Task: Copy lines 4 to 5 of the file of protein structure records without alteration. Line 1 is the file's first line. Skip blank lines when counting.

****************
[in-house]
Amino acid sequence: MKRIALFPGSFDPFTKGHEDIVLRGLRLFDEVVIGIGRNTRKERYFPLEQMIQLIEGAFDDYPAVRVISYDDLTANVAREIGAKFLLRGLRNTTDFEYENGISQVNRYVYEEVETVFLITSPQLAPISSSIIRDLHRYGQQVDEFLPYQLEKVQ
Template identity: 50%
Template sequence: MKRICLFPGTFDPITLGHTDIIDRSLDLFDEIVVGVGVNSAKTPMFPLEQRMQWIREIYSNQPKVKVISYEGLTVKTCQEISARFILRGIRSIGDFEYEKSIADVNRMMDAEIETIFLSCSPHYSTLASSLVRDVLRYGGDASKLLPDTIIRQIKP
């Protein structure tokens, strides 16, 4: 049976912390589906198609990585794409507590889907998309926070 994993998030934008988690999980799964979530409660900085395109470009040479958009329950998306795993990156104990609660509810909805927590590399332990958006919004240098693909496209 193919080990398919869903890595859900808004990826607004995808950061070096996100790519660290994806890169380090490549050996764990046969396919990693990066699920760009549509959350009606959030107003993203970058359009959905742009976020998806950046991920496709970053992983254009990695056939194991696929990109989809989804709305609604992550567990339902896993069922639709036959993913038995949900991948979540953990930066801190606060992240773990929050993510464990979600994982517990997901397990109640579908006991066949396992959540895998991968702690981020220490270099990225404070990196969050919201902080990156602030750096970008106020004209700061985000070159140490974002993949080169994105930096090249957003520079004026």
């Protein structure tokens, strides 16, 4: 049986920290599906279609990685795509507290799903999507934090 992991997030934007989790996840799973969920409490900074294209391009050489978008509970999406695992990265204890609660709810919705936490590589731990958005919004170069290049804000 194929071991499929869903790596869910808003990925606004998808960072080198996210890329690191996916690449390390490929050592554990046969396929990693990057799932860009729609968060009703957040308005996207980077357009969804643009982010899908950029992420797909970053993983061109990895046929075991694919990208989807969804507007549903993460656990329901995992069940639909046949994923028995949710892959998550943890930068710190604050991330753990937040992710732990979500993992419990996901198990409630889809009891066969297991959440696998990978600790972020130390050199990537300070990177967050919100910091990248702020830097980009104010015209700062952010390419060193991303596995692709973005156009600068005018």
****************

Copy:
Template sequence: MKRICLFPGTFDPITLGHTDIIDRSLDLFDEIVVGVGVNSAKTPMFPLEQRMQWIREIYSNQPKVKVISYEGLTVKTCQEISARFILRGIRSIGDFEYEKSIADVNRMMDAEIETIFLSCSPHYSTLASSLVRDVLRYGGDASKLLPDTIIRQIKP
């Protein structure tokens, strides 16, 4: 049976912390589906198609990585794409507590889907998309926070 994993998030934008988690999980799964979530409660900085395109470009040479958009329950998306795993990156104990609660509810909805927590590399332990958006919004240098693909496209 193919080990398919869903890595859900808004990826607004995808950061070096996100790519660290994806890169380090490549050996764990046969396919990693990066699920760009549509959350009606959030107003993203970058359009959905742009976020998806950046991920496709970053992983254009990695056939194991696929990109989809989804709305609604992550567990339902896993069922639709036959993913038995949900991948979540953990930066801190606060992240773990929050993510464990979600994982517990997901397990109640579908006991066949396992959540895998991968702690981020220490270099990225404070990196969050919201902080990156602030750096970008106020004209700061985000070159140490974002993949080169994105930096090249957003520079004026």